Expanding Your Comfort Zone

Now very few people of any race or ethnic persuasion are adventurous enough to do something in completely unfamiliar territory without back up.

An exception to this rule would be my best friend in grade school and high school, Dr. Daniel Halloran. Dan has two PhD’s; one in Chemical Engineering and one in Oceanography. He is a very bright fellow, but some think he lacks common sense.

You see, Dan likes to play ghetto basketball. (Did I mention that Dan is white?) His work takes him to all the major American cities and each American city conveniently has a black ghetto. So, after he has presented his scientific paper or whatever, Dan will take public transport to the ghetto and hunt up an outdoor basketball game.

They are not hard to find. Using his genial assertiveness and never taking no for an answer personality, Dan is soon playing basketball. (Dan’s hobby, though rare, is common enough to be the subject of a Woody Harrelson film comedy. “Whiteman Can’t Jump!,” the title coming from a black stereotype of white players) Dan can jump and for someone well under six feet, is deceptively good at a tall man’s game.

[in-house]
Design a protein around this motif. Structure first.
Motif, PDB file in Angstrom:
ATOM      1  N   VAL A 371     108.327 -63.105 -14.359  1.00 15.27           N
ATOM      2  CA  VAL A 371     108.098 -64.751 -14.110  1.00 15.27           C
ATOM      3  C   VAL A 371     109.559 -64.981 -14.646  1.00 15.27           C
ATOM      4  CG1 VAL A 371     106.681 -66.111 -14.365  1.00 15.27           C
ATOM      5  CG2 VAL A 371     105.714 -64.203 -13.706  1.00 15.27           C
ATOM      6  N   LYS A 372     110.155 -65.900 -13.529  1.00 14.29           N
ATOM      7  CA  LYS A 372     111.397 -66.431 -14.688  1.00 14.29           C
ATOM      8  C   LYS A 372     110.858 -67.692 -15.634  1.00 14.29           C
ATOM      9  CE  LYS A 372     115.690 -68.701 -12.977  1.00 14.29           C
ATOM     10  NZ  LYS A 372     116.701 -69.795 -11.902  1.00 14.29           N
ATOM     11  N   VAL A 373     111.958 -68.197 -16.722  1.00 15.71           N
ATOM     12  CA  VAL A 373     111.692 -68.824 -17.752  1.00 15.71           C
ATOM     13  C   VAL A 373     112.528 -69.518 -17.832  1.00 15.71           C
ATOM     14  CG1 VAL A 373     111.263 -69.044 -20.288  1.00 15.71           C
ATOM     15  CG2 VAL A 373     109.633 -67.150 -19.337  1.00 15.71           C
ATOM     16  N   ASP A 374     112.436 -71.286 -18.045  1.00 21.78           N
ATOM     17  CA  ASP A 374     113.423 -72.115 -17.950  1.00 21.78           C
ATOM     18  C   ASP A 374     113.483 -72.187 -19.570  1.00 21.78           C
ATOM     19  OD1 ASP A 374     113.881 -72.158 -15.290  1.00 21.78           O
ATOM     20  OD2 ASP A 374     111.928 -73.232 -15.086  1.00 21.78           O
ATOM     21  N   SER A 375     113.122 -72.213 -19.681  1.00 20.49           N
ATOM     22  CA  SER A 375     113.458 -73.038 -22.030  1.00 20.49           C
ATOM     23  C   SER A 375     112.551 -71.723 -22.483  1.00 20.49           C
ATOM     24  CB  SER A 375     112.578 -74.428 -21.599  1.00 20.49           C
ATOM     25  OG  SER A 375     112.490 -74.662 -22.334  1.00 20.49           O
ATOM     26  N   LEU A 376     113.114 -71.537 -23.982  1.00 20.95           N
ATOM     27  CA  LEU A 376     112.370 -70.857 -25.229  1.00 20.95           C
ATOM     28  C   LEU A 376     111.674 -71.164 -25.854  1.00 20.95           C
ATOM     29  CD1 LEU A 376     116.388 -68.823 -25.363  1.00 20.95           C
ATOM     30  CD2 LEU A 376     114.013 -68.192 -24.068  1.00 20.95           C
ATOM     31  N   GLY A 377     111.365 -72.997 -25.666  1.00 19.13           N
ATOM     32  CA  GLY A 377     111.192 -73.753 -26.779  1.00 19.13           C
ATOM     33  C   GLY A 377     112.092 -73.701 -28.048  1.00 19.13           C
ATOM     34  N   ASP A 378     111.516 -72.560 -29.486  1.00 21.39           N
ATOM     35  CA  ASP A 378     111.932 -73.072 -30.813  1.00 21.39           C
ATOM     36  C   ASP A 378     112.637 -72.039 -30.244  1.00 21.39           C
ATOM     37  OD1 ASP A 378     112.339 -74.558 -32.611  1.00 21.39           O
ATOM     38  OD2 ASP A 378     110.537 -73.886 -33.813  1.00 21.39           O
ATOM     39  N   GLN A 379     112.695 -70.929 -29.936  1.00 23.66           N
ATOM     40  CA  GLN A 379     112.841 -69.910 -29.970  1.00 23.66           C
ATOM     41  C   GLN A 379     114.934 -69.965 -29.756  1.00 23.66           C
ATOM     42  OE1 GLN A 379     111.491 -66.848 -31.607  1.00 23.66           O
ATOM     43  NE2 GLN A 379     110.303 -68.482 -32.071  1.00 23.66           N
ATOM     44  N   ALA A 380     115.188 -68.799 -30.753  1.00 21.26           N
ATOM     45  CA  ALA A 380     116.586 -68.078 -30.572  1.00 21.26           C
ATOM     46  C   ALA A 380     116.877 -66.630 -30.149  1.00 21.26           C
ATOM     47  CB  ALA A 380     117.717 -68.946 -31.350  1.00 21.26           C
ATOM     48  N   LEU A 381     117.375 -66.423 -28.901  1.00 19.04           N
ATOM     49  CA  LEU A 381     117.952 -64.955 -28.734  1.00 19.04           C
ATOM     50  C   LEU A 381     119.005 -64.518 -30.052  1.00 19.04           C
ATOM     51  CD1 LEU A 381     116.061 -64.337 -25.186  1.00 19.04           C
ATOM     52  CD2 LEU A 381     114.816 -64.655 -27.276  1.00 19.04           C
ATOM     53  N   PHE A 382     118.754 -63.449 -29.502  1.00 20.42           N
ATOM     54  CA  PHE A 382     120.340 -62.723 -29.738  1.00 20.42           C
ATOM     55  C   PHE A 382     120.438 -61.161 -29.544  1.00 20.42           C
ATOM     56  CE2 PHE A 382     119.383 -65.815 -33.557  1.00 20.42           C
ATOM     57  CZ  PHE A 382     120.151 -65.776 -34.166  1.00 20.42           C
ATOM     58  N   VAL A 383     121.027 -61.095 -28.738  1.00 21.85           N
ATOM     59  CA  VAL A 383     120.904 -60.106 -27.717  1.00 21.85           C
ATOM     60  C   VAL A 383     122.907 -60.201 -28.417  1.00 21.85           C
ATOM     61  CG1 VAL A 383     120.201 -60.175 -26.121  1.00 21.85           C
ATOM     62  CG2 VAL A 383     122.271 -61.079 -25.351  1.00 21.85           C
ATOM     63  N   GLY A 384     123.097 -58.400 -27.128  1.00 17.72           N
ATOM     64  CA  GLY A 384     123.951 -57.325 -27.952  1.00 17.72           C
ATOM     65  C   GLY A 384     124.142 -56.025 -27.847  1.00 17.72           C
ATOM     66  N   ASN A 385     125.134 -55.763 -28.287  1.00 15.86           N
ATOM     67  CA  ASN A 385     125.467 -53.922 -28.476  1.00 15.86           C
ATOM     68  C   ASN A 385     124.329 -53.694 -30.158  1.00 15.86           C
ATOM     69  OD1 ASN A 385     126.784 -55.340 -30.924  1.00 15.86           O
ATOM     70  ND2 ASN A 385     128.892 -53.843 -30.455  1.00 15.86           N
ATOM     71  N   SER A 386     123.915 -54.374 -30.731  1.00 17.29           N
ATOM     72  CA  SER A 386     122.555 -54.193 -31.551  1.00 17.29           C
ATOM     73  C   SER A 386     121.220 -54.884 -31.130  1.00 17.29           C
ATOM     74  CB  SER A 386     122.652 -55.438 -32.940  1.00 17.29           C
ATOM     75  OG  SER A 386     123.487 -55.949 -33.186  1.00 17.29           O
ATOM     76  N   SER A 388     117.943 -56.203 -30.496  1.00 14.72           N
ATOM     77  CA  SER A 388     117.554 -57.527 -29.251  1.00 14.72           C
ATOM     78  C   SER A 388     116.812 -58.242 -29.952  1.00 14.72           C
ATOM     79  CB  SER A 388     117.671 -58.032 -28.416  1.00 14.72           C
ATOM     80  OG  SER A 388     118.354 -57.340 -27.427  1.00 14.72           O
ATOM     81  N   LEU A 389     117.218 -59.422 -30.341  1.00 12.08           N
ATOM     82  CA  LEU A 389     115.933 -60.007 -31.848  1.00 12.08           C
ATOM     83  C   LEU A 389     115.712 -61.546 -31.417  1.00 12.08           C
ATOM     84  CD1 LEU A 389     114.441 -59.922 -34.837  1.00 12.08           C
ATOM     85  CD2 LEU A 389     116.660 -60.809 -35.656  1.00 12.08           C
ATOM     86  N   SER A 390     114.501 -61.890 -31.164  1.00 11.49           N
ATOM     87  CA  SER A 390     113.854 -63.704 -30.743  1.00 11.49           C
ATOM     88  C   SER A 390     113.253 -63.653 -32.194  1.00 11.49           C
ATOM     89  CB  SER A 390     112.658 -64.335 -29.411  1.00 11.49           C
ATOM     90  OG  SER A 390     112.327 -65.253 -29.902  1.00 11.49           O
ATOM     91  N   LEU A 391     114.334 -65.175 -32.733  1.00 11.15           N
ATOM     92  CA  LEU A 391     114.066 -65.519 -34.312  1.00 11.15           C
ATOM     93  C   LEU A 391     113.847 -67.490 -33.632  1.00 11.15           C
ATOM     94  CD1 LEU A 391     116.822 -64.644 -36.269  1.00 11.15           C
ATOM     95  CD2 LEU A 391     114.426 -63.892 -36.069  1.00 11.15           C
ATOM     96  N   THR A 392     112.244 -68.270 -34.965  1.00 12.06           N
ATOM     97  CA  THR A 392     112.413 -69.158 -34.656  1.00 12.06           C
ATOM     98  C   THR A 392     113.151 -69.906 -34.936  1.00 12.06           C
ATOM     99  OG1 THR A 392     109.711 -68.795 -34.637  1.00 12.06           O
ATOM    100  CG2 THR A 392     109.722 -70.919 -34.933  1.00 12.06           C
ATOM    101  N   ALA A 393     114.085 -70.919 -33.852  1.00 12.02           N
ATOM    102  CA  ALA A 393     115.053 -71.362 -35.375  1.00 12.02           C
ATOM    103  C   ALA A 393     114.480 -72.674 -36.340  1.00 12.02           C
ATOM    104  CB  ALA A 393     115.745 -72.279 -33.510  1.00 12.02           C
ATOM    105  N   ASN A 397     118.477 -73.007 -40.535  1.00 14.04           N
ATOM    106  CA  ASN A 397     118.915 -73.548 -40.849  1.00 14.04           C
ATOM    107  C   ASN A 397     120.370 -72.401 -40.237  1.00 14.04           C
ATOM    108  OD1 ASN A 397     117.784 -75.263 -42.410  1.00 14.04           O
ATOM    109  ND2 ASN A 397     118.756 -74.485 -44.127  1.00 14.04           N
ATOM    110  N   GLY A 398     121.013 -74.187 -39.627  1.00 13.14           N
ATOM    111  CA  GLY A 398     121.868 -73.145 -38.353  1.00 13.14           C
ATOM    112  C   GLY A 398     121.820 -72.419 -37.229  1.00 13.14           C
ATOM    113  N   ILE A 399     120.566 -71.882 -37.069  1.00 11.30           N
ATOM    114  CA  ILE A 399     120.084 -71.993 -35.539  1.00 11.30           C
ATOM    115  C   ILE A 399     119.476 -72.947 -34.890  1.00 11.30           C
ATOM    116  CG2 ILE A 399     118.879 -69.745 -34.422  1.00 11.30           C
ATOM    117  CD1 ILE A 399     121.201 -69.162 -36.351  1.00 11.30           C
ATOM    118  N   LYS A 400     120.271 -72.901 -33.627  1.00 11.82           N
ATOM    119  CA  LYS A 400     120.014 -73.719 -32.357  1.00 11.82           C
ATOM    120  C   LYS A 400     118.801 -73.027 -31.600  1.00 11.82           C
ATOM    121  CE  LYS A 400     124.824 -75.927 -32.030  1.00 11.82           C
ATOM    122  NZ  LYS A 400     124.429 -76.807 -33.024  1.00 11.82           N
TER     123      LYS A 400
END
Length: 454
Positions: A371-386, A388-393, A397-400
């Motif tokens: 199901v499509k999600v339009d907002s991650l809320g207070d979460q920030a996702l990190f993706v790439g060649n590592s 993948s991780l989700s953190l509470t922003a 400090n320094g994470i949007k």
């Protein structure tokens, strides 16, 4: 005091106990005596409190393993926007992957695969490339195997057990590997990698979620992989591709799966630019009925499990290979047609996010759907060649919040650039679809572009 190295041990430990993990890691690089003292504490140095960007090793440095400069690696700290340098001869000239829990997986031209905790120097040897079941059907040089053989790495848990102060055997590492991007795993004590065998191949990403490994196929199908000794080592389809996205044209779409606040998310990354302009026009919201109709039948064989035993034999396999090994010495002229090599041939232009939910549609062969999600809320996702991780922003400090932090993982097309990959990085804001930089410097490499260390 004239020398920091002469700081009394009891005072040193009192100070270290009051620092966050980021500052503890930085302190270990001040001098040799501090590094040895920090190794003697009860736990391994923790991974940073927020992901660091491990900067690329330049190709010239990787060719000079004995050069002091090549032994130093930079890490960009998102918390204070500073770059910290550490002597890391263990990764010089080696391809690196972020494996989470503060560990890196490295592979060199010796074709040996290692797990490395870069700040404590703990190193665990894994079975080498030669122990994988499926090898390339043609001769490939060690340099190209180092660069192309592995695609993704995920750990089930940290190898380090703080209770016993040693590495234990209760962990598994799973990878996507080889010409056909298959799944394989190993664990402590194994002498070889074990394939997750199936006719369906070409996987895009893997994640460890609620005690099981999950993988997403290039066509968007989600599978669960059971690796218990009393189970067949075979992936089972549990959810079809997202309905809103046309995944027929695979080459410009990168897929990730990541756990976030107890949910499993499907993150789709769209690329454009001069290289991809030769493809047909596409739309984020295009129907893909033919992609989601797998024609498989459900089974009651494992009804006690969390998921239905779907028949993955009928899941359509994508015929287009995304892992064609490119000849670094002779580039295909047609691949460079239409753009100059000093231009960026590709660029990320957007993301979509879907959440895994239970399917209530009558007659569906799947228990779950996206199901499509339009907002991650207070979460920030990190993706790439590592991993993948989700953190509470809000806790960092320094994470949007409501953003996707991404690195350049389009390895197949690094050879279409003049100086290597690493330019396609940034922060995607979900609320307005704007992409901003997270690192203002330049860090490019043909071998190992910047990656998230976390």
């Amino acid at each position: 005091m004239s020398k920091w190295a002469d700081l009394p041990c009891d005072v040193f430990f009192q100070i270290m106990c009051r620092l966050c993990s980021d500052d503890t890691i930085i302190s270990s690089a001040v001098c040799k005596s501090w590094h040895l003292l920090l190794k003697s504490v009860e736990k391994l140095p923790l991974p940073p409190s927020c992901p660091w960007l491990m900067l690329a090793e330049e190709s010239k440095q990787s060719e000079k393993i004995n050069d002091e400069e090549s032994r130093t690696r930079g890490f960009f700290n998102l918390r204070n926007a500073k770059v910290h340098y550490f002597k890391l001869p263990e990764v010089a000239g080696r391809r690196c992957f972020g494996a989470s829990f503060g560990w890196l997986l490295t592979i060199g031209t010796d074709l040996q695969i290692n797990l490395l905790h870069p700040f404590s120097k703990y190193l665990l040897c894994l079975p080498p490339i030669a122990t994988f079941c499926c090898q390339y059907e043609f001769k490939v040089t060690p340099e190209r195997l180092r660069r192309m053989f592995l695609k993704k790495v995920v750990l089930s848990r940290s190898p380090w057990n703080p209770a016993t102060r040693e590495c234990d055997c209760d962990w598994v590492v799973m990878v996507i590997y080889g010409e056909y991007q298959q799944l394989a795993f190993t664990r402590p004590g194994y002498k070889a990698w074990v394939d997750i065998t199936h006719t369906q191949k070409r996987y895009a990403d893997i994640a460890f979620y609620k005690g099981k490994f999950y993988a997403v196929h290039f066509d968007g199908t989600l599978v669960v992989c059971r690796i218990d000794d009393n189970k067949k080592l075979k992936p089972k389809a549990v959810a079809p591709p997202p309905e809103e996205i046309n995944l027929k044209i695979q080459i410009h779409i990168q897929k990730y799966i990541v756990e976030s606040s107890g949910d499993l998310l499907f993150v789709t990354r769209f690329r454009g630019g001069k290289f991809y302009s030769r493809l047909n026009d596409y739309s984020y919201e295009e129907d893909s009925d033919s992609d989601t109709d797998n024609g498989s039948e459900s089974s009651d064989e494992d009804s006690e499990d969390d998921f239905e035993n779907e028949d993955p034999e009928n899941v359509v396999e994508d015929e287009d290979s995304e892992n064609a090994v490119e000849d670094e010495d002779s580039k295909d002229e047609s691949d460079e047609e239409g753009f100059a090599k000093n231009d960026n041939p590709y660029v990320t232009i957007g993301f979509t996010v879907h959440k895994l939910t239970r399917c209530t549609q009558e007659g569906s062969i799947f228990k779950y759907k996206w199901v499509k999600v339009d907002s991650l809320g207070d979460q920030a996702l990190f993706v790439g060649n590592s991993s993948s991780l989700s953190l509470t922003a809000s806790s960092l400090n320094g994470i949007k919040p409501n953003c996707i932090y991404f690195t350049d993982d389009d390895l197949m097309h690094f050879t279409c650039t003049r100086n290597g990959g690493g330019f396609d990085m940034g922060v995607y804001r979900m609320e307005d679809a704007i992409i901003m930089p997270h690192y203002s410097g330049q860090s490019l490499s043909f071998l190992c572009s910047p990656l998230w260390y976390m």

Although his black middle-class friends tell him that he is crazy and THEY would never enter these areas, Dan has never had a lick of trouble and made a host of new friends, most of who had to rethink some suppositions.

Eddy Harris is a man much like Dan Halleran except that he is black and 6-foot-4. In 1985, he decided to test his comfort zone by doing something very, very unusual. He decided he would be the first black to paddle a canoe down the Mississippi River, from its source at Lake Itasca State Park in Minnesota to New Orleans.